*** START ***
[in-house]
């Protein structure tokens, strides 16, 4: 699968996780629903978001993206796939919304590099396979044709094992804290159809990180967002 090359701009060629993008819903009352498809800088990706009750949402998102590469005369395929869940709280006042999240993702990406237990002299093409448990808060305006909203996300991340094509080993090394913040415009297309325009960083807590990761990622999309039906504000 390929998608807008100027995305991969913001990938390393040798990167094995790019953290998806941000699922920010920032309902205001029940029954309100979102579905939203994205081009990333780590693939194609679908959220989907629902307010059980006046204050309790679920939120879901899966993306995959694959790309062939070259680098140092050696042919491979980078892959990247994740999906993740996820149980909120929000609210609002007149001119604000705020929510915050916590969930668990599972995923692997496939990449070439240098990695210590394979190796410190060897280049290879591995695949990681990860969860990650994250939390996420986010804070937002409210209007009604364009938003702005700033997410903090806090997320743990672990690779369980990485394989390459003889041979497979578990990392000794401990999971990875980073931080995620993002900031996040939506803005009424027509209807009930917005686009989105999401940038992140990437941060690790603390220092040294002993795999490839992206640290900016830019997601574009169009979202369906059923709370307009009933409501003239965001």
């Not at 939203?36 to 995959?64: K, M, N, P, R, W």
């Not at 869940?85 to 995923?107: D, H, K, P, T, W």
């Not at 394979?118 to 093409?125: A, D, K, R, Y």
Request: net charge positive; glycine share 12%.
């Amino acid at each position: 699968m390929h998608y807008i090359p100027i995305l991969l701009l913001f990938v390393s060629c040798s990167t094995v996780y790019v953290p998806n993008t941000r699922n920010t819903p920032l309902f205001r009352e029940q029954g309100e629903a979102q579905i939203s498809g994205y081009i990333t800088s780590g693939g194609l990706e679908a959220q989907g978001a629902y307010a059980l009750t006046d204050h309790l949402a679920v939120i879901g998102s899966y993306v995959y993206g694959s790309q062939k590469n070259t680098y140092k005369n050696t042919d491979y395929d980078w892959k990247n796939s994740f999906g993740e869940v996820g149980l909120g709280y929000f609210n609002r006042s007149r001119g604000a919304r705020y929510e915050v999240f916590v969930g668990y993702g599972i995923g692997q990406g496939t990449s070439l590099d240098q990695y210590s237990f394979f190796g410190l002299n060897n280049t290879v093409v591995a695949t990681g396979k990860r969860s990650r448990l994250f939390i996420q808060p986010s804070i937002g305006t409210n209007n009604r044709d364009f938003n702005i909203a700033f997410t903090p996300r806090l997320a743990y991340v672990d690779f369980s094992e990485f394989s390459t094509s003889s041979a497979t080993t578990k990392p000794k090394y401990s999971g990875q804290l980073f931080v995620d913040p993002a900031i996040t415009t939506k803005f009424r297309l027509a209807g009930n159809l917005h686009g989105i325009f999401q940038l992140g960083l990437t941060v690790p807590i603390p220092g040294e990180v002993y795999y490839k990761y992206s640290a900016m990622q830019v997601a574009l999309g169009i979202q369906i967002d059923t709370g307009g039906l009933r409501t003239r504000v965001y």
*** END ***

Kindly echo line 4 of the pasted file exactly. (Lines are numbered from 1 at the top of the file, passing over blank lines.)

């Not at 869940?85 to 995923?107: D, H, K, P, T, W």